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Healthy T.J. Lang on Top of His Game to Anchor Packers’ O-Line

After surgery to repair a torn labrum, veteran Green Bay Packers guard T.J. Lang is off to an impressive start.

The Green Bay Packers gave away a Pro Bowl guard at the end of training camp.

They might have another in veteran T.J. Lang.

It’s early but Lang, an eighth-year pro, is having perhaps the best season of his excellent career. Healthy again following offseason surgery to repair a torn labrum, Lang has been a lynchpin on the Packers’ perennially underrated offensive line.

“I’m pretty happy with the start that I’ve had,” Lang said on Thursday, a few days before a showdown vs. Dallas. “I think each week I’ve progressed a little bit, which is definitely what you’re looking for.”

Fairly or not, Lang always played second-fiddle to Sitton on the offensive line. That’s a shame, because Lang is coming off back-to-back strong seasons. According to STATS, Lang gave up two sacks and was penalized twice (both for holding) in 2014. Last year, despite the injury, he only gave up 1.5 sacks and was penalized twice (once for holding).

Unlike when he was a young backup, Lang’s a bit of a perfectionist. Rather than focus on what he’s done right, it’s the few bad plays that bother him. There haven’t been too many bad plays to start this season, though. Other than one holding penalty, Lang hasn’t done much wrong. On Aaron Ripkowski’s memorable 13-yard run to convert a third-and-1 vs. the Giants, it was Lang who blew open a hole for Ripkowski to get the first down with ease. According to Football Outsiders, the Packers rank third in up-the-middle runs and sixth in right-tackle runs, meaning the offense is making plenty of hay when running in Lang’s vicinity.

The strong start should be a harbinger of better things to come, based on Lang’s history.

“There’s definitely still a lot of room for improvement, no doubt about it,” Lang said. “Just looking at the past couple years, thinking back grading-wise, I’ve always been a guy who’s kind of gotten off to a slow start. I don’t know if I attribute that to my first couple years I was playing, I had a new right tackle and a new center next to me pretty much every single year.

“I’m pretty happy with the results but it’s all about consistency in this league. I know I’ve set a standard, not only for myself, like the group has set a standard for our unit. We’ve got to continue to get better. It’s only going to get more challenging. It’s just maintaining that, getting better and being consistent and not having any of those dips in the play. I’ve still got a lot of football left to go. It’s week by week but I feel like I’ve been pretty solid.”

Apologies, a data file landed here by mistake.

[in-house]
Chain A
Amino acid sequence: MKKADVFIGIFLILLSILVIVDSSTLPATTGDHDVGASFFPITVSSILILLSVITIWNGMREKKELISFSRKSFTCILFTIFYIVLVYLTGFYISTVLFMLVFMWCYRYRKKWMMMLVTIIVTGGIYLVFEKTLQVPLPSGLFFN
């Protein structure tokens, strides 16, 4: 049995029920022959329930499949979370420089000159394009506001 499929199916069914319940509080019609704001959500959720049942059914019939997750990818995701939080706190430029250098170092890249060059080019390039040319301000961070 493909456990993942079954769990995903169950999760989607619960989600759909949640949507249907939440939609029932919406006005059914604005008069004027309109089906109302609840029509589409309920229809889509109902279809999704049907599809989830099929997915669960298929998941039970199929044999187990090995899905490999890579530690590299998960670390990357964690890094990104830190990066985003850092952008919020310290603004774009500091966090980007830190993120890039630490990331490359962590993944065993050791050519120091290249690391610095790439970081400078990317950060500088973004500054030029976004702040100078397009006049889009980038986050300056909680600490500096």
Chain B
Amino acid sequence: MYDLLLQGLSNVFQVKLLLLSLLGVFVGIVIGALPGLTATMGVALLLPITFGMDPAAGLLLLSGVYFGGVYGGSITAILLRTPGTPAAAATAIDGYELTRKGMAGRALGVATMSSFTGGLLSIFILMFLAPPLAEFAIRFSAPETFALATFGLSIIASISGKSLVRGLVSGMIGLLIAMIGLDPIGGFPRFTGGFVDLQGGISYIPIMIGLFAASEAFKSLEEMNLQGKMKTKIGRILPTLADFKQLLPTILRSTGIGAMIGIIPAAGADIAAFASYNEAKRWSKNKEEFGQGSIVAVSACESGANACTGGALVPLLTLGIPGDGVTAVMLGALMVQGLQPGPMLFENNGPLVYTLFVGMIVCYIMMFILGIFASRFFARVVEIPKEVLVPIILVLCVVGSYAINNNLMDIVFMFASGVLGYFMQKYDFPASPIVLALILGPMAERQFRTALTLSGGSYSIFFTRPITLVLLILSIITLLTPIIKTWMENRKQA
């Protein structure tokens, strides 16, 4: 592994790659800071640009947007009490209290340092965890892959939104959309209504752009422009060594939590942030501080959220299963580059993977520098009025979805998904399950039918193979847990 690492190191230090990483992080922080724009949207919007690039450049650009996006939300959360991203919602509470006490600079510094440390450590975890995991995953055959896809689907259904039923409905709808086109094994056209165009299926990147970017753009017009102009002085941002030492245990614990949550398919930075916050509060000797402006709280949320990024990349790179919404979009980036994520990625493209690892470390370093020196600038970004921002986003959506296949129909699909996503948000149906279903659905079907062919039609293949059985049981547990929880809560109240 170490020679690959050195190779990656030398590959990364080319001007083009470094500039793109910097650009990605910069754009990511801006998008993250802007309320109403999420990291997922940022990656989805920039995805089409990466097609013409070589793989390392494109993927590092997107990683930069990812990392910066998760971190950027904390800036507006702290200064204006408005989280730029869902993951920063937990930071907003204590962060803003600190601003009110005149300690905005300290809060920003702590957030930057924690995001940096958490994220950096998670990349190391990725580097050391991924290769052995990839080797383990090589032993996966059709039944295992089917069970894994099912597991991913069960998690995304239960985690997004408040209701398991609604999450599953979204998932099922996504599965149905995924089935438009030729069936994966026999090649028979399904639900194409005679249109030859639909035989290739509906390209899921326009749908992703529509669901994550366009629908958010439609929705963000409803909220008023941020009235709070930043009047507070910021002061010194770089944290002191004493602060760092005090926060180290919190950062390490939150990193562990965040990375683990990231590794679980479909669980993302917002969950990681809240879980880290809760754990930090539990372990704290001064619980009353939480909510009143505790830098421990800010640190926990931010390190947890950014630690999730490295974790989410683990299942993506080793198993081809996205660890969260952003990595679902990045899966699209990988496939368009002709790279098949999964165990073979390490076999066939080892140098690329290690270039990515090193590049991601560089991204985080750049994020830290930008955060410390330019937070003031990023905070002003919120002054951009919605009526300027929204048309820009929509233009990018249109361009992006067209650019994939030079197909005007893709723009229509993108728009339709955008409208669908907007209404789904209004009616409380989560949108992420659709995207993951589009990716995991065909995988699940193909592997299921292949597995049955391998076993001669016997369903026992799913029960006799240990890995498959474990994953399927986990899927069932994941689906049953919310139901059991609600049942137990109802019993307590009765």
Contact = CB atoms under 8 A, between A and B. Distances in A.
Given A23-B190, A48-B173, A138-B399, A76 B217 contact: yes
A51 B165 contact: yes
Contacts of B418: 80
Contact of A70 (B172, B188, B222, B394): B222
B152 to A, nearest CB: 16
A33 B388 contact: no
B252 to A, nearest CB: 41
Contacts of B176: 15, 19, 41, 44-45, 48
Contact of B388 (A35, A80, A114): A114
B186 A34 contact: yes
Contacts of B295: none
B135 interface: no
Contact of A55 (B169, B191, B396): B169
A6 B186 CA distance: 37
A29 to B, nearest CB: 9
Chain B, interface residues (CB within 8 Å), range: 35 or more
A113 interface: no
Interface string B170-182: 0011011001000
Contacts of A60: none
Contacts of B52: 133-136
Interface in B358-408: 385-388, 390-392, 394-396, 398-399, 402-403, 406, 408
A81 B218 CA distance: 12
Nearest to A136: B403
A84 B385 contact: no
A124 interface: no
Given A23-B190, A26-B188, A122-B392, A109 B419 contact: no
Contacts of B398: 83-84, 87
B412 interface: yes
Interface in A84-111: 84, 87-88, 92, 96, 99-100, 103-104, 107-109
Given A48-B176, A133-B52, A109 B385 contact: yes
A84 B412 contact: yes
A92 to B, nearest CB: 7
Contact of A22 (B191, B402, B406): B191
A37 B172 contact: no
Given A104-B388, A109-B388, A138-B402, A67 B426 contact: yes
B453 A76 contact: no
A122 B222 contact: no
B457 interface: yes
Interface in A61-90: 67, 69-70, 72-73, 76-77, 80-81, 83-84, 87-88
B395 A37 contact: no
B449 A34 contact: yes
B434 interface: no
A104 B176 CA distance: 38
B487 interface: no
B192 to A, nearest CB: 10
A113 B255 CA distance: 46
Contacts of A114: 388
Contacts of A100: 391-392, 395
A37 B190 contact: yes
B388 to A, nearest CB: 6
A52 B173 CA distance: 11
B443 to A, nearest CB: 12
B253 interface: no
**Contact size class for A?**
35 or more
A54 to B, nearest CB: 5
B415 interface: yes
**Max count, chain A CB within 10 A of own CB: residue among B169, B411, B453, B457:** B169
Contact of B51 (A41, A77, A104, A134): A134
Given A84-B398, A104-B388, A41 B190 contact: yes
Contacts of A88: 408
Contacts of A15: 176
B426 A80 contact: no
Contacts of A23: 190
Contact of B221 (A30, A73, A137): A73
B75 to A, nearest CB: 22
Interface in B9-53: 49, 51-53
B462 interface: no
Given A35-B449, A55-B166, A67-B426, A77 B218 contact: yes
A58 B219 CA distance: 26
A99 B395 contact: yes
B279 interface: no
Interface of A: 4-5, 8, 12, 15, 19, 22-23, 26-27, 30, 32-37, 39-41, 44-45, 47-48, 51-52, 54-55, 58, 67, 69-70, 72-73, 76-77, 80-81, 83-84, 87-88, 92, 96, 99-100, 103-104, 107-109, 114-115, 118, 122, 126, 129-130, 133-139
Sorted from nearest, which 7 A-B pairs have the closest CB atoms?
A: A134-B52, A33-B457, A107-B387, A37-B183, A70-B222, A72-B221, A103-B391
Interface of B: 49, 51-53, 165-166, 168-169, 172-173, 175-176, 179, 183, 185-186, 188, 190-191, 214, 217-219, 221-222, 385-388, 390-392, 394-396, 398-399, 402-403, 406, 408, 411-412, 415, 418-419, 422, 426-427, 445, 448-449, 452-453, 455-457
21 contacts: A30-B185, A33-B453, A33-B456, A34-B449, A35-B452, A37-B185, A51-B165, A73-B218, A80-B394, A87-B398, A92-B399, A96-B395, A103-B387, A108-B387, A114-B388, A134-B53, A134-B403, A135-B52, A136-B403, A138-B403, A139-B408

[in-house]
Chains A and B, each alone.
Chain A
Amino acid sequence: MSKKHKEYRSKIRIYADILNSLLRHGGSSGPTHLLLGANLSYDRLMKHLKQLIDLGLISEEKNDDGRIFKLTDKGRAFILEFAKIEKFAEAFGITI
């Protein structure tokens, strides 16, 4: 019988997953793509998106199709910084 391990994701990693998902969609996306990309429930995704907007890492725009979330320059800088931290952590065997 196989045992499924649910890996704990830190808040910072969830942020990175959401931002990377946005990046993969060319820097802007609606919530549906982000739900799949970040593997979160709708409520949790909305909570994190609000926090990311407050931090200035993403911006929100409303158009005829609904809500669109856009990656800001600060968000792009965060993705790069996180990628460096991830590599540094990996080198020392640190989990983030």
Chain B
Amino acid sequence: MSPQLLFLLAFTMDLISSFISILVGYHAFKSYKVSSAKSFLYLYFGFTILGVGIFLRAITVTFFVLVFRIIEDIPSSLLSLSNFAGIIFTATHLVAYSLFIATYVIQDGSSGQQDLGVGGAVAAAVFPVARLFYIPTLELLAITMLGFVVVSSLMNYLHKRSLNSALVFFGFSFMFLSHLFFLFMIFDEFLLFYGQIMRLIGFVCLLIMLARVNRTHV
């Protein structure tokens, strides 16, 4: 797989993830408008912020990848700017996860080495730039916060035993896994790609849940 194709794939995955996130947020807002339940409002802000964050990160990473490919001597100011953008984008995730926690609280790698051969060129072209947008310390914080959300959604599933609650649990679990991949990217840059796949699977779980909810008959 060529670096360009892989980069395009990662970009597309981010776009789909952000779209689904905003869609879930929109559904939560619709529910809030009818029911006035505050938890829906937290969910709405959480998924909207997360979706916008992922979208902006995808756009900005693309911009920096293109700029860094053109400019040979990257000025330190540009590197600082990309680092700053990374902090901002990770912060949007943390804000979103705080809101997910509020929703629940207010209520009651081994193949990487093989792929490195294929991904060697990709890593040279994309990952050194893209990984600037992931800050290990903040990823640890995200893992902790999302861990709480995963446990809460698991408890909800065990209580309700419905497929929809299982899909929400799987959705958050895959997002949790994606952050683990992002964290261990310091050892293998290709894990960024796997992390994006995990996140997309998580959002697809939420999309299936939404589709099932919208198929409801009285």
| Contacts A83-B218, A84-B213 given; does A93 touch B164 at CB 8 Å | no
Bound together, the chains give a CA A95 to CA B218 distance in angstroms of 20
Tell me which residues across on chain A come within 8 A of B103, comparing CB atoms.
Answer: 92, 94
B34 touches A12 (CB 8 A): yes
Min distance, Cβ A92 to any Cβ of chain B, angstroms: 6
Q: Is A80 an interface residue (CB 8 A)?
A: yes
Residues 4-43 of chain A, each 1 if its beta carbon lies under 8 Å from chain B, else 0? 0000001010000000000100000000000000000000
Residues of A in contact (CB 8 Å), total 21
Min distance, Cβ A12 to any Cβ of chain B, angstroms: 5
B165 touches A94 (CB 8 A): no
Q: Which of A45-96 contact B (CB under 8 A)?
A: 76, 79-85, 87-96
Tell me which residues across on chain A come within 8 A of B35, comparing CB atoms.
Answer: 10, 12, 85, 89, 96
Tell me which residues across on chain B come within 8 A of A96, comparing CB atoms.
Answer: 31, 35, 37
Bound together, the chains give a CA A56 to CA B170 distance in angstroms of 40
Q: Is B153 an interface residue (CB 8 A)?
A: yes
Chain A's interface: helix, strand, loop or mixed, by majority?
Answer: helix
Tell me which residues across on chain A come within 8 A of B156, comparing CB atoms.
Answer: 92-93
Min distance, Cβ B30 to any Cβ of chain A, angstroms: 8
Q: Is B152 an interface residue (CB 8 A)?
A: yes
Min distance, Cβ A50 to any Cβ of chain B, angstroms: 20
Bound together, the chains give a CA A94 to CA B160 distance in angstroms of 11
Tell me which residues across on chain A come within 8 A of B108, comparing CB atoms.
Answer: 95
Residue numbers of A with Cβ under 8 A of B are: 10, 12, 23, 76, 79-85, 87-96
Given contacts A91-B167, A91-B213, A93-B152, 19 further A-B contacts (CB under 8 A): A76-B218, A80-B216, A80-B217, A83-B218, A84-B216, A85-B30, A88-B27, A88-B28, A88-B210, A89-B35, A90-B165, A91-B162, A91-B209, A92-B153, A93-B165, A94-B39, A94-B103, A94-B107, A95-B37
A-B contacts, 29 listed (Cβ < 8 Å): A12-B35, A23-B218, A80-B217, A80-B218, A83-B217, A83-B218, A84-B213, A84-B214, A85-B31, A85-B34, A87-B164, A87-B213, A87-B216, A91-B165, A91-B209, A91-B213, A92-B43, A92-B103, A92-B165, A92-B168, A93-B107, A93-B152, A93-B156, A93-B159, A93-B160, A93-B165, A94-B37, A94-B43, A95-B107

At age 29, Lang is on top of his game as he enters his final season under contract. Against the Giants, he made his 85th career regular-season start.

“I think T.J.’s improved steadily over the last four years,” offensive line coach James Campen said. “As you get older and you move on, you learn things that you weren’t so privy to when you were 23 years old. I think those things in combination with he’s played a lot of football, he’s seen a lot of things, and he takes good care of himself off the field and he does things the right way. So, it doesn’t surprise me that he has continued to improve.”

It’s helped that Lang is healthy. Well, relatively healthy. He was limited participation on Thursday with an injured hip. Offensive linemen are renowned for their toughness. Lang personified that toughness last year while playing through a torn labrum. He missed only the Hail Mary win at Detroit, when the pain became too much to tolerate. Otherwise, he was the team’s best lineman. The pain is mostly gone, which obviously helps. Being able to practice day after day is a big deal, too, to hone the techniques needed to combat specific players and schemes on Sundays.

“I haven’t really had any issues,” Lang said. “Something Doc alerted me to back in training camp was you might not feel right for about a year. That’s how it is with guys coming off surgery, but my response was, ‘It can’t possibly be any worse than what it was the last couple years.’ Yeah, there’s still times where it bugs me a little bit and gets a little sore, but it is a huge difference. It definitely sucked going through all that rehab and the training and the surgery, but definitely something that I’m very happy that I took care of because I really feel the benefits of it now.”

Bill Huber is publisher of and has written for Packer Report since 1997. E-mail him at or leave him a question in Packer Report’s subscribers-only Packers Pro Club forum. Find Bill on Twitter at

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